Clifton school gets $2.6 million to boost scores
Clifton Elementary School will receive $2.6 million in federal grant money to help the school improve student performance.
Colorado Education Commissioner Dwight Jones announced Tuesday approval of the school’s plan for improvement, a requirement for receiving Title I School Improvement grant funding. Clifton and 19 other Colorado schools were selected to receive portions of $37.7 million in federal funding because the schools had some of the consistently lowest scores on Colorado Student Assessment Program tests.
The school’s 60-page plan includes:
64 days of additional coaching for teachers.
Bonuses of $1,500 a year for certified staff and $500 a year for classified staff as an incentive for educators to stay at the school.
Expansion of outreach activities, such as developing homework packets for parents and hosting more events at the school to engage parents.
Sessions for teachers in each grade level so they can discuss test data.
Andy Laase, School District 51 executive director of elementary schools, said the district already spent money in anticipation of the grant funding. The district paid Clifton Elementary School staff five days of pay to return to school a week early this fall for professional development and training.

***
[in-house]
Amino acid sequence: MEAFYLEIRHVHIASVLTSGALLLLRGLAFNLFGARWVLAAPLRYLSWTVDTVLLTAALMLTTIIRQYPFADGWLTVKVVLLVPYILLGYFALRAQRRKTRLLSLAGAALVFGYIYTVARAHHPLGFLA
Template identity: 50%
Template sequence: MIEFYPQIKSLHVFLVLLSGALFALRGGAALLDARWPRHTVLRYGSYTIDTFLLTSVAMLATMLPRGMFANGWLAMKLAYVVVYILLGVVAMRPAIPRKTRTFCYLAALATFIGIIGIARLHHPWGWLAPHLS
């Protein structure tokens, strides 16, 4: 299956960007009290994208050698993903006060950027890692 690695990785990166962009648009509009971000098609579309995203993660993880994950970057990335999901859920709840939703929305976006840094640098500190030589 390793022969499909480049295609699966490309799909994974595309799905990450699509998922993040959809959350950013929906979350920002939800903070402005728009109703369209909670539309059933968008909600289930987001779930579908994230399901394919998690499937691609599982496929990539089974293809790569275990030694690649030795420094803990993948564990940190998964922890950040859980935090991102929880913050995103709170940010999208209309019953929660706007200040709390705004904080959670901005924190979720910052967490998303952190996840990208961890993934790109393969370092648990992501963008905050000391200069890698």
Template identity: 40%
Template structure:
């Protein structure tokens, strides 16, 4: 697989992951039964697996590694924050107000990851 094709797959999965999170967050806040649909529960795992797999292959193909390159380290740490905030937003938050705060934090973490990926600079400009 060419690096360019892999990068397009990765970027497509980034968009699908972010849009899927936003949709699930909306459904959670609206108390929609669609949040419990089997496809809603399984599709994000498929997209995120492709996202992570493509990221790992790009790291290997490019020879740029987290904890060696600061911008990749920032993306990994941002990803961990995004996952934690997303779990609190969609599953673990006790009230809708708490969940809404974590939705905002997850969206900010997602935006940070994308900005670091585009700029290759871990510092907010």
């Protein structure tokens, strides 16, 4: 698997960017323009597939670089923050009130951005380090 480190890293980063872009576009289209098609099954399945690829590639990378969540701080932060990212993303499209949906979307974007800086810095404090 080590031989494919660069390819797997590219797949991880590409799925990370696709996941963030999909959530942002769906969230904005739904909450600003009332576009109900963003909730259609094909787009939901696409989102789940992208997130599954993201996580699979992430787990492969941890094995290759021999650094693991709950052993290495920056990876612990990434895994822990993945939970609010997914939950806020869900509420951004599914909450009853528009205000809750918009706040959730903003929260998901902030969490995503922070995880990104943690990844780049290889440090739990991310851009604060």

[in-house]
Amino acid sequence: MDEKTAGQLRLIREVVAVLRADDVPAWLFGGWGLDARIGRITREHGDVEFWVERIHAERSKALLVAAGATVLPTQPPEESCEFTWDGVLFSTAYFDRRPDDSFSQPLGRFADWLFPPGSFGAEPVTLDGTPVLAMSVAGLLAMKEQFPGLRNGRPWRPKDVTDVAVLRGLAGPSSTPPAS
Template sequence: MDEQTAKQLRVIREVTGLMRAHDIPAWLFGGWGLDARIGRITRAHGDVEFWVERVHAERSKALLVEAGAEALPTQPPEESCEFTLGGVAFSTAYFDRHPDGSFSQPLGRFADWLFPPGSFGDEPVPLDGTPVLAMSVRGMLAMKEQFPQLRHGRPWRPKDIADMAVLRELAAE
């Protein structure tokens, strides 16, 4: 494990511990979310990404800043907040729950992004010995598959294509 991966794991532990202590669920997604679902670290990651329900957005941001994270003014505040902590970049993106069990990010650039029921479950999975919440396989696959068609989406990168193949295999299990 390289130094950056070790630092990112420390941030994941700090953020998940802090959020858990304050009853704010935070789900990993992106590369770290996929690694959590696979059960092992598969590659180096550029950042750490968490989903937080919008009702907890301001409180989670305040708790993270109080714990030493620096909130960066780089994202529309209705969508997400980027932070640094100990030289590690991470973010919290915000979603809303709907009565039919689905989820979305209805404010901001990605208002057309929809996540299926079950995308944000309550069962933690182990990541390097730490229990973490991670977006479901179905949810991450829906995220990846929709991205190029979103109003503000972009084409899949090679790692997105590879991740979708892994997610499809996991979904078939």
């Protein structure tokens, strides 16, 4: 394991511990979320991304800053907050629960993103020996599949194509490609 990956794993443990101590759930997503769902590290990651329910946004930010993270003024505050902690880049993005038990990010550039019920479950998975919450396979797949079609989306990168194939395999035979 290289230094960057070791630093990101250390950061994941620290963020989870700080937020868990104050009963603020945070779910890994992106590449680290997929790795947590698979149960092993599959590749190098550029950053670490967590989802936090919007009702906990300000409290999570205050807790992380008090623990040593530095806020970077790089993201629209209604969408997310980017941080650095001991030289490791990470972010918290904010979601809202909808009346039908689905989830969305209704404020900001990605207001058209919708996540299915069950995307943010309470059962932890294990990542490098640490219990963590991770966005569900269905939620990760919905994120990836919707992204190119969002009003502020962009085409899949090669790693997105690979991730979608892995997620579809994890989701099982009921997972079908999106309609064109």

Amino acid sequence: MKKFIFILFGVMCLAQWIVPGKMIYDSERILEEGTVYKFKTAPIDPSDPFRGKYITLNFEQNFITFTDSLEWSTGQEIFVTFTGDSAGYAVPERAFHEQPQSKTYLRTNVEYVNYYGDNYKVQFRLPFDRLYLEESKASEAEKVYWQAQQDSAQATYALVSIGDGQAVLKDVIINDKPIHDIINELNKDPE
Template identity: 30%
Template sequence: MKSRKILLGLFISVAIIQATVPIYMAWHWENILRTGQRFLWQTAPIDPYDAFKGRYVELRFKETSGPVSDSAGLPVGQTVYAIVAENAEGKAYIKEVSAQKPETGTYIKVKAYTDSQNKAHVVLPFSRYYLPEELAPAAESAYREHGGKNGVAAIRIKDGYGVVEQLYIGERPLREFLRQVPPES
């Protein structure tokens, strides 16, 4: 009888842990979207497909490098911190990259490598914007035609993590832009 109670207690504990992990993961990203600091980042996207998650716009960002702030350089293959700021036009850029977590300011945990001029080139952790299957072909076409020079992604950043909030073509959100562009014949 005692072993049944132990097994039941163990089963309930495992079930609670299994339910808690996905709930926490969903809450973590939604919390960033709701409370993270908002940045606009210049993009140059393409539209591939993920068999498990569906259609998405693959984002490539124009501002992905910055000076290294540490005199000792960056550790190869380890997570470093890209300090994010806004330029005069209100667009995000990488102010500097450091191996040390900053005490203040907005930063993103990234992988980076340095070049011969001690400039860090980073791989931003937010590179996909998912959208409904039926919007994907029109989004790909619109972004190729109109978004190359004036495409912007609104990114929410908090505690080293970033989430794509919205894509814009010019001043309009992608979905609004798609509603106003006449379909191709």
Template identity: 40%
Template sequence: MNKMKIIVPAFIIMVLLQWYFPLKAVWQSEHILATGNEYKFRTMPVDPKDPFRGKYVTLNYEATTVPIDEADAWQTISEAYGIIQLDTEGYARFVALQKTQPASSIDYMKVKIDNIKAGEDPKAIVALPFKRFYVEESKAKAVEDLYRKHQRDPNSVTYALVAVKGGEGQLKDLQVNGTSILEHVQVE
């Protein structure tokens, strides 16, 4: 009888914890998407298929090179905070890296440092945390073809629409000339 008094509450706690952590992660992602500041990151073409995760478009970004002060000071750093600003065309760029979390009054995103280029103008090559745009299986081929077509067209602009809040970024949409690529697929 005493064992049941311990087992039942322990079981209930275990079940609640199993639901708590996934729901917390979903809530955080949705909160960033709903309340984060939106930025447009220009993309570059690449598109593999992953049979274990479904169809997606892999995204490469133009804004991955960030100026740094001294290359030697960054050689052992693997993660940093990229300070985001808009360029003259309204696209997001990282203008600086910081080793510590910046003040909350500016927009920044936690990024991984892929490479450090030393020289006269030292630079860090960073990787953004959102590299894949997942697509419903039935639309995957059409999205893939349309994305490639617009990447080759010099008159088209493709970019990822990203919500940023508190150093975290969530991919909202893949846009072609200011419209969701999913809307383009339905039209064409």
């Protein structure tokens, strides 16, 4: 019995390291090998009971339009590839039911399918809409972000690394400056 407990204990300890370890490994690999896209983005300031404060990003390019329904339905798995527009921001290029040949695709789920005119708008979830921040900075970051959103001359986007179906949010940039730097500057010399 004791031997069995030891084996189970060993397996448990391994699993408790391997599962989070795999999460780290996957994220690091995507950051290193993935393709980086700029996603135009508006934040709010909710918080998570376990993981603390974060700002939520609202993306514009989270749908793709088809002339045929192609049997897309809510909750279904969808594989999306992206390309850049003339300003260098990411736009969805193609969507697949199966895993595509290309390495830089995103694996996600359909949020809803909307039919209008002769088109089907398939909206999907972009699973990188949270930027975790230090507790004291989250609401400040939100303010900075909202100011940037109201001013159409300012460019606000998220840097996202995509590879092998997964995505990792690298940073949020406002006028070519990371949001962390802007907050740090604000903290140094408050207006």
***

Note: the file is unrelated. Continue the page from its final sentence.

Even before there was money to rely on, the school’s teachers began sharing ideas more and toeing a hard line on achievement with students last year, Laase said. Laase believes that’s why median growth on CSAP math tests for Clifton students improved from the 16th percentile in 2009 to the 66th percentile in 2010. In reading, growth went from the 43rd percentile in 2009 to the 68th percentile in 2010, and writing growth moved from the 30th to the 51st percentile in those years.
“Clifton has made some really big gains already,” Laase said. “(The grant) just helps us accelerate the pace and get more resources in there.”
The school will implement the plan this year and the two following school years and receive more than $821,000 each of those years from the grant fund. Laase said the school will continue to work on improvement after spring 2013, using Title I funding, which goes to schools where at least two out of five students qualify for free or reduced meals.
Laase said he’s happy with the school’s growth but that there is room for improvement in the percentage of students scoring proficient on CSAP exams.
“The gains we made in one year were wonderful, but we have to continue that for quite a while to get where we want to be,” he said.